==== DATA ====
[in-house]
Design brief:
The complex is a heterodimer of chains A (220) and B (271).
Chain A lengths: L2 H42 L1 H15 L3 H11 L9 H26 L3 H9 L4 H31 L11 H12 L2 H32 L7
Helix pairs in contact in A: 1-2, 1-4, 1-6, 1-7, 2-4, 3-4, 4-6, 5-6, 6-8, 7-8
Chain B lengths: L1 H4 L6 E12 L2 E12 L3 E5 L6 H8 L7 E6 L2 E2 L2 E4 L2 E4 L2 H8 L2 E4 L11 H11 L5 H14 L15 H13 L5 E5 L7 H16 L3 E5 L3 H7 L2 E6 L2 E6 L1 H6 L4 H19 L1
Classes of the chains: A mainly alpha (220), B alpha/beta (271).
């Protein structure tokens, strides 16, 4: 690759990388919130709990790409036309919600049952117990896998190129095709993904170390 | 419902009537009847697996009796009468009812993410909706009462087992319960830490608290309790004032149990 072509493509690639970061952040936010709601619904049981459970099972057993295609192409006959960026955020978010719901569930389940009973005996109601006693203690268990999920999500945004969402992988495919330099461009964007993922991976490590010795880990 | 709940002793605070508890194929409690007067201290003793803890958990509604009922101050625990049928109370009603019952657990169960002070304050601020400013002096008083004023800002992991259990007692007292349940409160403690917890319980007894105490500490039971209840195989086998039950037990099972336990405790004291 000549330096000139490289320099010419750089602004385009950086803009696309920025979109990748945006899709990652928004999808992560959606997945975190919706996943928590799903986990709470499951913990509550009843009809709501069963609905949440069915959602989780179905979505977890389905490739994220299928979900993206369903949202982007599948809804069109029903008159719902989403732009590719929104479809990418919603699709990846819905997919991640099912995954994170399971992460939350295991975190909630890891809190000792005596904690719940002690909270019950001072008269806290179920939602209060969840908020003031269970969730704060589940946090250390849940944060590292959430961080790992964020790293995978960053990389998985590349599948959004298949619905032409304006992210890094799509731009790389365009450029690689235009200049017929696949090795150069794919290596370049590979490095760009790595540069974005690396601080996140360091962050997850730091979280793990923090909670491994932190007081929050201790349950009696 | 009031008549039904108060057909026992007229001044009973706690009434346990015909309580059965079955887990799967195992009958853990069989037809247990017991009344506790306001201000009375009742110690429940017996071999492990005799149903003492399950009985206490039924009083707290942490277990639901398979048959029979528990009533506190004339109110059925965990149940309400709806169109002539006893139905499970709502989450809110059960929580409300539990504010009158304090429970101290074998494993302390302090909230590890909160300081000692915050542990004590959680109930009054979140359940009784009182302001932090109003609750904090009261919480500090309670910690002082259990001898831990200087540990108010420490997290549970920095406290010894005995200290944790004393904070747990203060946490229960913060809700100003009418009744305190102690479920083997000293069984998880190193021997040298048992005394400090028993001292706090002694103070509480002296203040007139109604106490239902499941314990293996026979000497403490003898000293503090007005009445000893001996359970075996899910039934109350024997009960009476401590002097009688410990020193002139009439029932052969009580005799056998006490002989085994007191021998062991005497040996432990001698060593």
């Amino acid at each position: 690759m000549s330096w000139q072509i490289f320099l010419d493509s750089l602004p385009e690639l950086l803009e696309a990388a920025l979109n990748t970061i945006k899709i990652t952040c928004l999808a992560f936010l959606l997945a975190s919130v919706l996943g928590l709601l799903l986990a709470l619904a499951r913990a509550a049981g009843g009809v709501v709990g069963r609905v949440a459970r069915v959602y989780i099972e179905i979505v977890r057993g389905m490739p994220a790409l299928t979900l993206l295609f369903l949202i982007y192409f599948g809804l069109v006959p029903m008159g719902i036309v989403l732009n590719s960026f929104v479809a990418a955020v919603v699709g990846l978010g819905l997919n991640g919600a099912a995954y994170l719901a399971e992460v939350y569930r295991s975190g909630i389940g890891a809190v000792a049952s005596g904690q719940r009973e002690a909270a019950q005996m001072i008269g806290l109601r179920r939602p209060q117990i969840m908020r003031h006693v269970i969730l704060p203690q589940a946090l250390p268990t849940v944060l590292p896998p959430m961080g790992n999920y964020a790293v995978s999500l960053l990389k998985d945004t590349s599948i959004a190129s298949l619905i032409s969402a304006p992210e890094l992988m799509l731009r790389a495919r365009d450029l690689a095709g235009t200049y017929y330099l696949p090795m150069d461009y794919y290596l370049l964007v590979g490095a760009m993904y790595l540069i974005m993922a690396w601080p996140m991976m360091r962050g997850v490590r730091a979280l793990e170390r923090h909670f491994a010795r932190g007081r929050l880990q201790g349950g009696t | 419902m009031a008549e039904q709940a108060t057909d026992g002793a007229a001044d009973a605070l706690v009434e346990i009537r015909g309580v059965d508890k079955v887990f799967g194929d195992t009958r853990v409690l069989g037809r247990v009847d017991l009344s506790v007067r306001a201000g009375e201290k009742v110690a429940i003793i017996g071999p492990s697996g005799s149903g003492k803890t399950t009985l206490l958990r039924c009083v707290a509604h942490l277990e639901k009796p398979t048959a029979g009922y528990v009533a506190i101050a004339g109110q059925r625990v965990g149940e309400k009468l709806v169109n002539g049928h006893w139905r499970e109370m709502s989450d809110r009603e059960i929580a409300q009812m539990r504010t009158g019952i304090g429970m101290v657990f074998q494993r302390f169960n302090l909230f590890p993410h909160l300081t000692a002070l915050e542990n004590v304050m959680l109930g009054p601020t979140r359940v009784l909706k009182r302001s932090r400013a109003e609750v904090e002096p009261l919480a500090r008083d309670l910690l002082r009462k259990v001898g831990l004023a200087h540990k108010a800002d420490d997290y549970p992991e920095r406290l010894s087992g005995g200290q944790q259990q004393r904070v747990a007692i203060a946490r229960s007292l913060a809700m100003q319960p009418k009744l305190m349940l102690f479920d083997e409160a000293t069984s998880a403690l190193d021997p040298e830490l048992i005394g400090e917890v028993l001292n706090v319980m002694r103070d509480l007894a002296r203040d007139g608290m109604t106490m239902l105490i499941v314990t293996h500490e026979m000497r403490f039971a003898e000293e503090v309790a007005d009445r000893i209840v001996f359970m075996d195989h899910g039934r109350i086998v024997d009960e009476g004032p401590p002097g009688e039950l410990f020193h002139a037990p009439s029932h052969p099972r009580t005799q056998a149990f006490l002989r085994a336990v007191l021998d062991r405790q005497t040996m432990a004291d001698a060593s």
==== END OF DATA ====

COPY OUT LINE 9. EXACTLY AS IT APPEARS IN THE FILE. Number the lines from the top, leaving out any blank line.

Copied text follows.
């Amino acid at each position: 690759m000549s330096w000139q072509i490289f320099l010419d493509s750089l602004p385009e690639l950086l803009e696309a990388a920025l979109n990748t970061i945006k899709i990652t952040c928004l999808a992560f936010l959606l997945a975190s919130v919706l996943g928590l709601l799903l986990a709470l619904a499951r913990a509550a049981g009843g009809v709501v709990g069963r609905v949440a459970r069915v959602y989780i099972e179905i979505v977890r057993g389905m490739p994220a790409l299928t979900l993206l295609f369903l949202i982007y192409f599948g809804l069109v006959p029903m008159g719902i036309v989403l732009n590719s960026f929104v479809a990418a955020v919603v699709g990846l978010g819905l997919n991640g919600a099912a995954y994170l719901a399971e992460v939350y569930r295991s975190g909630i389940g890891a809190v000792a049952s005596g904690q719940r009973e002690a909270a019950q005996m001072i008269g806290l109601r179920r939602p209060q117990i969840m908020r003031h006693v269970i969730l704060p203690q589940a946090l250390p268990t849940v944060l590292p896998p959430m961080g790992n999920y964020a790293v995978s999500l960053l990389k998985d945004t590349s599948i959004a190129s298949l619905i032409s969402a304006p992210e890094l992988m799509l731009r790389a495919r365009d450029l690689a095709g235009t200049y017929y330099l696949p090795m150069d461009y794919y290596l370049l964007v590979g490095a760009m993904y790595l540069i974005m993922a690396w601080p996140m991976m360091r962050g997850v490590r730091a979280l793990e170390r923090h909670f491994a010795r932190g007081r929050l880990q201790g349950g009696t | 419902m009031a008549e039904q709940a108060t057909d026992g002793a007229a001044d009973a605070l706690v009434e346990i009537r015909g309580v059965d508890k079955v887990f799967g194929d195992t009958r853990v409690l069989g037809r247990v009847d017991l009344s506790v007067r306001a201000g009375e201290k009742v110690a429940i003793i017996g071999p492990s697996g005799s149903g003492k803890t399950t009985l206490l958990r039924c009083v707290a509604h942490l277990e639901k009796p398979t048959a029979g009922y528990v009533a506190i101050a004339g109110q059925r625990v965990g149940e309400k009468l709806v169109n002539g049928h006893w139905r499970e109370m709502s989450d809110r009603e059960i929580a409300q009812m539990r504010t009158g019952i304090g429970m101290v657990f074998q494993r302390f169960n302090l909230f590890p993410h909160l300081t000692a002070l915050e542990n004590v304050m959680l109930g009054p601020t979140r359940v009784l909706k009182r302001s932090r400013a109003e609750v904090e002096p009261l919480a500090r008083d309670l910690l002082r009462k259990v001898g831990l004023a200087h540990k108010a800002d420490d997290y549970p992991e920095r406290l010894s087992g005995g200290q944790q259990q004393r904070v747990a007692i203060a946490r229960s007292l913060a809700m100003q319960p009418k009744l305190m349940l102690f479920d083997e409160a000293t069984s998880a403690l190193d021997p040298e830490l048992i005394g400090e917890v028993l001292n706090v319980m002694r103070d509480l007894a002296r203040d007139g608290m109604t106490m239902l105490i499941v314990t293996h500490e026979m000497r403490f039971a003898e000293e503090v309790a007005d009445r000893i209840v001996f359970m075996d195989h899910g039934r109350i086998v024997d009960e009476g004032p401590p002097g009688e039950l410990f020193h002139a037990p009439s029932h052969p099972r009580t005799q056998a149990f006490l002989r085994a336990v007191l021998d062991r405790q005497t040996m432990a004291d001698a060593s």